Be a Multiplier

We wake up each morning to more unrest around our country. We turn on the news to hear arguments and debates as our nation prepares for another election. Race relations in our country are suffering.

That's why I'm surprised about the response I've gotten to Diversity & Inclusion As A Business Imperative? I Think Not. It's been good. Better than I thought it would, in fact. It never ceases to amaze me. When I speak the hard truths and have the courageous conversations, most people respond.

Not only do they respond, but they respond favorably. They want to know what to do? Where to go from here? What they can do right now - today - from where they are?

My answer? Be courageous. And then become a multiplier.

As an African American female, I definitely stand where I am today because others were multipliers. They willing to make choices in their own lives to help me. To take risks. To step out. Sometimes they were choices that would put them in harm's way...

I was born in Mobile, AL, in 1959. It was a very tumultuous time. Segregation was alive and well. The Ku Klux Klan was a reality. Every day for a person of color brought negative reminders that you were not valued.

I began grade school attending a public school where all the black kids went to school. After my second grade year, integration of schools began. In fact, my sister and I were the first to integrate the Mobile Catholic School System. I was very excited about the opportunity to go to what I perceived to be the "good school." The problem was that the good school was filled with children who had been negatively influenced by their families - and they weren't ready for me. It wasn't too long after beginning my 3rd grade year that I experienced one of the most horrific experiences of my life.

I was out playing on the playground and one of my classmates yelled at me to go home. He said, "We don't want any dodo babies here." That sparked another classmate to say, "They don't call them dodo babies. They called them niggers." I was mortified. The rejection was overwhelming.

My pain was only relieved when my beloved grandmother swept me up into her arms when I got home. And the words she whispered in my ear - oh, how wise she was. She whispered words that brought her legacy alive in my spirit. She told me to remember that I was put on this earth for a reason and that there would be plenty of times that I would go places and be the only the person of color. But that it is not what I am called, it is what I answer to that matters.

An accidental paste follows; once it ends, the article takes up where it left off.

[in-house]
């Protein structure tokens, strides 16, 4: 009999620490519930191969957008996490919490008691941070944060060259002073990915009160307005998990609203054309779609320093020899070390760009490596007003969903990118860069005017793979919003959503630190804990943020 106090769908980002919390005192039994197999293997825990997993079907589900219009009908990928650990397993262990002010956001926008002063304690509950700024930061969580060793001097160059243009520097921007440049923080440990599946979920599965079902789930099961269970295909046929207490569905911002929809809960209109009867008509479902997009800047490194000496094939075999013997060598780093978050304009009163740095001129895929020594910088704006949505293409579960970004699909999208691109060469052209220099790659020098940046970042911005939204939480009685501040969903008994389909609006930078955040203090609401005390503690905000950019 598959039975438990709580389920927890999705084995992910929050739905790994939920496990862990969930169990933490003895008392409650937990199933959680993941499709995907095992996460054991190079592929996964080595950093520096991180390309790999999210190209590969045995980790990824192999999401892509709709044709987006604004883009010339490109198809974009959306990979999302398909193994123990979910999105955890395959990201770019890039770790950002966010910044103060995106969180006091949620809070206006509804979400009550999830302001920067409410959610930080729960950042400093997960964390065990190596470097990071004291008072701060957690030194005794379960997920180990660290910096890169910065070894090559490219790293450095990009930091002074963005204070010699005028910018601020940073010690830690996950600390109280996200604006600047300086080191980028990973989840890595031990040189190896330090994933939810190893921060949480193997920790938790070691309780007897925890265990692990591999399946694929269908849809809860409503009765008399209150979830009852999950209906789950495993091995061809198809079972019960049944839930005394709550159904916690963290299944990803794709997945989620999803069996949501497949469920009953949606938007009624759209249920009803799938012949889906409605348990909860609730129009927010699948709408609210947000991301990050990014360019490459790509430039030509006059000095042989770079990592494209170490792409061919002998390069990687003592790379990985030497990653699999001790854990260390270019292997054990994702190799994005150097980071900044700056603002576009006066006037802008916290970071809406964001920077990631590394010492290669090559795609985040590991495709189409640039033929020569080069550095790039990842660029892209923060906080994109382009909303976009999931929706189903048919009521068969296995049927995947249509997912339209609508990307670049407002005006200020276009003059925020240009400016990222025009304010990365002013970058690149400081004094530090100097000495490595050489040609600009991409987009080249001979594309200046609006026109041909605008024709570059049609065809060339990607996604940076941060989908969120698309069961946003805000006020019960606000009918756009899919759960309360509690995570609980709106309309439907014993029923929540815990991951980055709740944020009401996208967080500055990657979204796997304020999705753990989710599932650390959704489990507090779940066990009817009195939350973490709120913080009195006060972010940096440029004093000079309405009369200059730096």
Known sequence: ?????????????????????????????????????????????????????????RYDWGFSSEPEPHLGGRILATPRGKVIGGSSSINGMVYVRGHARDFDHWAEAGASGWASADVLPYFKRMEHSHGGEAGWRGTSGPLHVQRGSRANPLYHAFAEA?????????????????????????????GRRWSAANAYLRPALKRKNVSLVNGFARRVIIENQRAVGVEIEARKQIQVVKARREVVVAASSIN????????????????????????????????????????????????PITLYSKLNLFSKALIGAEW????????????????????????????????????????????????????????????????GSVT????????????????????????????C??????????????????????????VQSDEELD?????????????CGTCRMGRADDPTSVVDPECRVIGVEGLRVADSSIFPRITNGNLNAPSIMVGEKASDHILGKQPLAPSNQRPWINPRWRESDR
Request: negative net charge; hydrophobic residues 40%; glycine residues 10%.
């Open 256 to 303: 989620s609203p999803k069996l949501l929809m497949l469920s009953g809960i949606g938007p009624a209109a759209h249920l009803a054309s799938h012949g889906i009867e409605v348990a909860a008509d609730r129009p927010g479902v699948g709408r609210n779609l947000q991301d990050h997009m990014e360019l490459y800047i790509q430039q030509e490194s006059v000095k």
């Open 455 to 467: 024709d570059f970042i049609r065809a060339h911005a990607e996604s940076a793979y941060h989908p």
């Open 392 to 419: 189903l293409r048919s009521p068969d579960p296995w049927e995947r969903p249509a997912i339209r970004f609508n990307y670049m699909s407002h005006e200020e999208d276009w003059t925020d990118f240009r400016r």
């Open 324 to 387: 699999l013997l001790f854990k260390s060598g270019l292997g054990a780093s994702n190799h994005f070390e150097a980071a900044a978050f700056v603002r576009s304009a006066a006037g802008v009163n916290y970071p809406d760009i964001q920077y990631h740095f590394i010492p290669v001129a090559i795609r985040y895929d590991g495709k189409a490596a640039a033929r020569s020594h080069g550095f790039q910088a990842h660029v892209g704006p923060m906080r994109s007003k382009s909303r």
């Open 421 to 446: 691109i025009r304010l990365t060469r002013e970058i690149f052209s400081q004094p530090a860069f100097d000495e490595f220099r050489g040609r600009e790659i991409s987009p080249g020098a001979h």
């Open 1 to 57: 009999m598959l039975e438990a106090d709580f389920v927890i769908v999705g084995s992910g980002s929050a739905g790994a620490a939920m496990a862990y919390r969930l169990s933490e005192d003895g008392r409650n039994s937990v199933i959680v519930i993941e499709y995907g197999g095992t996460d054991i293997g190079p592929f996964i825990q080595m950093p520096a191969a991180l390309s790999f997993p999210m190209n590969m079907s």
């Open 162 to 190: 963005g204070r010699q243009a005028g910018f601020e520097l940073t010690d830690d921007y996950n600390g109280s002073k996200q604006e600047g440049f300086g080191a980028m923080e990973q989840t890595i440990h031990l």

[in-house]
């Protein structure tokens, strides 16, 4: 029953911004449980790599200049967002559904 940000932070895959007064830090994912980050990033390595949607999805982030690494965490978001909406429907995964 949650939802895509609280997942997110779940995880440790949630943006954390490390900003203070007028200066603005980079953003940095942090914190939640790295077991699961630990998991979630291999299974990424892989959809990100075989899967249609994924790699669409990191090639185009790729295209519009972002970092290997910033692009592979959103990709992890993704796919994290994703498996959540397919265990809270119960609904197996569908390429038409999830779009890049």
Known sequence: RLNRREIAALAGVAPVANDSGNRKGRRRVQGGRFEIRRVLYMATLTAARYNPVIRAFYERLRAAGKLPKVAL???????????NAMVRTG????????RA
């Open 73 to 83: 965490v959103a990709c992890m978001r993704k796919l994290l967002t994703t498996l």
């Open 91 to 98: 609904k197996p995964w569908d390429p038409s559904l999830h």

Those words changed my life. My grandmother had a personal conviction to make sure that she infused a belief in me that hope of a better day. The hope that good opportunities were coming.

And good opportunities - always brought by people, by multipliers - did come...

I was only allowed in the homes of a couple of classmates. The school where I attended was at the top of the hill where the rich people lived. We lived at the bottom of the hill where the not so rich (the really poor) people lived.

But there was one family - the Donaghey's - who opened not only their doors but their hearts to me. I was welcomed into their home. They constantly poured a belief into me that things were going to get better and that I would be accepted. They would take me places where blacks were not welcomed. They put their own lives at risk. And I'm not just saying that for dramatic effect. It was true.

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The Klan would "reward" whites (if they caught them with blacks) who they believed defected from their beliefs with beatings. But the Donaghey's were convicted. They did what they thought was the right thing to do. And their choices made a difference in my life.

Their choices made ALL the difference in my life.

Those moments in time impacted me. Impacted my life. And the lives of my children and my children's children.

It doesn't matter where you are, your education level, or your job title, you are called to be a multiplier. You are called to create those moments for others. Help others. Serve others. Encourage others. Reach out to those different from you. Have the hard conversations. Be. The. Change.

Be a multiplier. THAT is what we can ALL do. Right now.